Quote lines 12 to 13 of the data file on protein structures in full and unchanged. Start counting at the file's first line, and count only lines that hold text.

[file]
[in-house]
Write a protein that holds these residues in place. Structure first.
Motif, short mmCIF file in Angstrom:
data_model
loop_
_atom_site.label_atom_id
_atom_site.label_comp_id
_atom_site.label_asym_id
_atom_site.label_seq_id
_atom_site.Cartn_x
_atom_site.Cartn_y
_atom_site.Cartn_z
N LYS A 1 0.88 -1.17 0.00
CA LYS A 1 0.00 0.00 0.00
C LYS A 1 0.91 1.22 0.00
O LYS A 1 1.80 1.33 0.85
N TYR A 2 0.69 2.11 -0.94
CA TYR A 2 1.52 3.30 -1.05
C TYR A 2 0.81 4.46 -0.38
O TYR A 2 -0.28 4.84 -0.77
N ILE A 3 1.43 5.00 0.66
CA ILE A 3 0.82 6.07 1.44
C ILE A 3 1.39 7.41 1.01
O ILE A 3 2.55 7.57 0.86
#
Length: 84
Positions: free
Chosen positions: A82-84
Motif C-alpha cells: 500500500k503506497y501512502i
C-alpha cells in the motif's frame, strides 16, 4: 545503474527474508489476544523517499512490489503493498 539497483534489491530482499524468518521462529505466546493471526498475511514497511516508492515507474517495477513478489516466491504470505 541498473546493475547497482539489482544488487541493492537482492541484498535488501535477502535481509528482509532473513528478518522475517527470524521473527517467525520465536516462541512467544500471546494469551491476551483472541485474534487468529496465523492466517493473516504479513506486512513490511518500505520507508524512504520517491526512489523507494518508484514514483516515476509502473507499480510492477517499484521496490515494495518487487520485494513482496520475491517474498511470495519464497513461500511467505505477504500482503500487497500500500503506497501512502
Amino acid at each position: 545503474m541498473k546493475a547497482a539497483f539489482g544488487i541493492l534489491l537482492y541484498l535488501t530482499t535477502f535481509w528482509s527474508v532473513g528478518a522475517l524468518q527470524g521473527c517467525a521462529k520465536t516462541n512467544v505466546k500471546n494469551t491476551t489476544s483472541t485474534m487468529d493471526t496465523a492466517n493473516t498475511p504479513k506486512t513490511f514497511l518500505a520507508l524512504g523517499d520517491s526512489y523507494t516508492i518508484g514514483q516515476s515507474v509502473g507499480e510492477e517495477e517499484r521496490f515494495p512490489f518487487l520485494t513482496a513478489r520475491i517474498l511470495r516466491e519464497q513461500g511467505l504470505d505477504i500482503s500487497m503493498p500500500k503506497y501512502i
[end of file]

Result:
_atom_site.Cartn_z
N LYS A 1 0.88 -1.17 0.00